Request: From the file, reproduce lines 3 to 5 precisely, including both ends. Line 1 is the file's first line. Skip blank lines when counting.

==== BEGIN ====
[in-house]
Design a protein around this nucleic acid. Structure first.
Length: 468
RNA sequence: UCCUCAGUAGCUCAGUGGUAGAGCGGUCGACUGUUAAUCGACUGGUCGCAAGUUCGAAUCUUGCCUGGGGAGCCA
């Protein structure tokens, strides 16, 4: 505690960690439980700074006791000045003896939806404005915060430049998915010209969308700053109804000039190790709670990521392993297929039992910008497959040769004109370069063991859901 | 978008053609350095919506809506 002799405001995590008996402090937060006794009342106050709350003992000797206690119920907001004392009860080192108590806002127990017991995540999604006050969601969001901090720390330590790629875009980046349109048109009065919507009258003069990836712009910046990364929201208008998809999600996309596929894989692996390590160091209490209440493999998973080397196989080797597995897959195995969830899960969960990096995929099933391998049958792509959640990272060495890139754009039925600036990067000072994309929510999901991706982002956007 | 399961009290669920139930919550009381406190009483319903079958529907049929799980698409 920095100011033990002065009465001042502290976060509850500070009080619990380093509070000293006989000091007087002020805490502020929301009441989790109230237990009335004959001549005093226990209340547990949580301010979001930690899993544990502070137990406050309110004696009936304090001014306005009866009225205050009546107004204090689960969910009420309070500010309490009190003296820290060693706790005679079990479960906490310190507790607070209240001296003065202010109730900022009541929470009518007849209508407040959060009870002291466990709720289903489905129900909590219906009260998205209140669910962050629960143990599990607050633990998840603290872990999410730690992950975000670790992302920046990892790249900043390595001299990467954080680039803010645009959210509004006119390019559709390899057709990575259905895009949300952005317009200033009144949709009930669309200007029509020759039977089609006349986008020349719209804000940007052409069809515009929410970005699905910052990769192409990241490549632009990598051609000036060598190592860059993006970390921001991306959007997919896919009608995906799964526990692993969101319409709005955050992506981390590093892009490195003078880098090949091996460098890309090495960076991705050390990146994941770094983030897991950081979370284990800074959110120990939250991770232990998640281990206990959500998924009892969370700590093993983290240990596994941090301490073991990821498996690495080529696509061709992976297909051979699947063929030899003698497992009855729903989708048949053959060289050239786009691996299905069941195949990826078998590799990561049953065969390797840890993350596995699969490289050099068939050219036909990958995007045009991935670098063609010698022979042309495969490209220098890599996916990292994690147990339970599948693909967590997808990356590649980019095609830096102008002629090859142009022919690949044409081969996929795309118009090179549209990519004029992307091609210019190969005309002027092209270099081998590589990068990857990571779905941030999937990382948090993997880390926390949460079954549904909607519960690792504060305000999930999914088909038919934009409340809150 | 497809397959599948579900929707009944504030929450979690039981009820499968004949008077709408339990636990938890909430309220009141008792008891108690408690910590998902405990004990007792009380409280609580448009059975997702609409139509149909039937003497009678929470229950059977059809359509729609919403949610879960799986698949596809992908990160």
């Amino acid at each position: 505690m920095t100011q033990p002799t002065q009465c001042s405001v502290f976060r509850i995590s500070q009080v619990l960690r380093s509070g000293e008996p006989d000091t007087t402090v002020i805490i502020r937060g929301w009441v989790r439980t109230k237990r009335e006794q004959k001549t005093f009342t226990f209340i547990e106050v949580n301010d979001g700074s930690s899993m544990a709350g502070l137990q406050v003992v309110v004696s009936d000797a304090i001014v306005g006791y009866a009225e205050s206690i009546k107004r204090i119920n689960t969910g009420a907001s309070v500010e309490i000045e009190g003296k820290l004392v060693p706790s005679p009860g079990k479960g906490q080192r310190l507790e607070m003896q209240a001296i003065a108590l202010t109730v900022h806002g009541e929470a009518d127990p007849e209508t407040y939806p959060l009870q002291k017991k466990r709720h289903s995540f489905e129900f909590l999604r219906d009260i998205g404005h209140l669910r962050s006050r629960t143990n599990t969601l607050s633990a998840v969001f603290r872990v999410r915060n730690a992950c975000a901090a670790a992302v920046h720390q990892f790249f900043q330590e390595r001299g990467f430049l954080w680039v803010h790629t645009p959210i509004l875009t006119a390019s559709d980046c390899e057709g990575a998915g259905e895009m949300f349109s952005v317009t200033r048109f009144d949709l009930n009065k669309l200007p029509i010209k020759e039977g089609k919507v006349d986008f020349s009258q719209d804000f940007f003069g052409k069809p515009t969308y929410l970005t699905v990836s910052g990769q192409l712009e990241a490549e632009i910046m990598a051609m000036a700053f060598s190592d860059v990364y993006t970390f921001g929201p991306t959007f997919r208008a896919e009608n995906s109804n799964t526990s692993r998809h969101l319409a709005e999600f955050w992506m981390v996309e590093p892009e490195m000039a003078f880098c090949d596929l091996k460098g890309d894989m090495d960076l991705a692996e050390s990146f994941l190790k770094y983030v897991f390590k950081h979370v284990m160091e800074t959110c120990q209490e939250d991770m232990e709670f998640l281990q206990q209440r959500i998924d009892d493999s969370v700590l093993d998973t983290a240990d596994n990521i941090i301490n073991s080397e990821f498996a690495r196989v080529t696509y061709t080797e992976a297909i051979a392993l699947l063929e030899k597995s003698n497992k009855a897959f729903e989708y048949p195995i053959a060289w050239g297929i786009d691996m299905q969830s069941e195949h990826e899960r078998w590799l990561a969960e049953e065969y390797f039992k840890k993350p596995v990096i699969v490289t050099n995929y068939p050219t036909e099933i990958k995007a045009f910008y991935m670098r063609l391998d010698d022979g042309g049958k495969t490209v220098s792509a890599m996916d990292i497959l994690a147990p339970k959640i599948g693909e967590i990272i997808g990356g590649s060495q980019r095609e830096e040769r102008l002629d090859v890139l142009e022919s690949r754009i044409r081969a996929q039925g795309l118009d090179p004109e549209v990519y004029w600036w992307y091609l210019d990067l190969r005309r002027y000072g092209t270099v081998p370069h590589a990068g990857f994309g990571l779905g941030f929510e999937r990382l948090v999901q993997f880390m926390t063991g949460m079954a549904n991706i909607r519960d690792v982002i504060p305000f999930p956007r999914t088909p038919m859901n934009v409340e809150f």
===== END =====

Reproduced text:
Length: 468
RNA sequence: UCCUCAGUAGCUCAGUGGUAGAGCGGUCGACUGUUAAUCGACUGGUCGCAAGUUCGAAUCUUGCCUGGGGAGCCA
């Protein structure tokens, strides 16, 4: 505690960690439980700074006791000045003896939806404005915060430049998915010209969308700053109804000039190790709670990521392993297929039992910008497959040769004109370069063991859901 | 978008053609350095919506809506 002799405001995590008996402090937060006794009342106050709350003992000797206690119920907001004392009860080192108590806002127990017991995540999604006050969601969001901090720390330590790629875009980046349109048109009065919507009258003069990836712009910046990364929201208008998809999600996309596929894989692996390590160091209490209440493999998973080397196989080797597995897959195995969830899960969960990096995929099933391998049958792509959640990272060495890139754009039925600036990067000072994309929510999901991706982002956007 | 399961009290669920139930919550009381406190009483319903079958529907049929799980698409 920095100011033990002065009465001042502290976060509850500070009080619990380093509070000293006989000091007087002020805490502020929301009441989790109230237990009335004959001549005093226990209340547990949580301010979001930690899993544990502070137990406050309110004696009936304090001014306005009866009225205050009546107004204090689960969910009420309070500010309490009190003296820290060693706790005679079990479960906490310190507790607070209240001296003065202010109730900022009541929470009518007849209508407040959060009870002291466990709720289903489905129900909590219906009260998205209140669910962050629960143990599990607050633990998840603290872990999410730690992950975000670790992302920046990892790249900043390595001299990467954080680039803010645009959210509004006119390019559709390899057709990575259905895009949300952005317009200033009144949709009930669309200007029509020759039977089609006349986008020349719209804000940007052409069809515009929410970005699905910052990769192409990241490549632009990598051609000036060598190592860059993006970390921001991306959007997919896919009608995906799964526990692993969101319409709005955050992506981390590093892009490195003078880098090949091996460098890309090495960076991705050390990146994941770094983030897991950081979370284990800074959110120990939250991770232990998640281990206990959500998924009892969370700590093993983290240990596994941090301490073991990821498996690495080529696509061709992976297909051979699947063929030899003698497992009855729903989708048949053959060289050239786009691996299905069941195949990826078998590799990561049953065969390797840890993350596995699969490289050099068939050219036909990958995007045009991935670098063609010698022979042309495969490209220098890599996916990292994690147990339970599948693909967590997808990356590649980019095609830096102008002629090859142009022919690949044409081969996929795309118009090179549209990519004029992307091609210019190969005309002027092209270099081998590589990068990857990571779905941030999937990382948090993997880390926390949460079954549904909607519960690792504060305000999930999914088909038919934009409340809150 | 497809397959599948579900929707009944504030929450979690039981009820499968004949008077709408339990636990938890909430309220009141008792008891108690408690910590998902405990004990007792009380409280609580448009059975997702609409139509149909039937003497009678929470229950059977059809359509729609919403949610879960799986698949596809992908990160």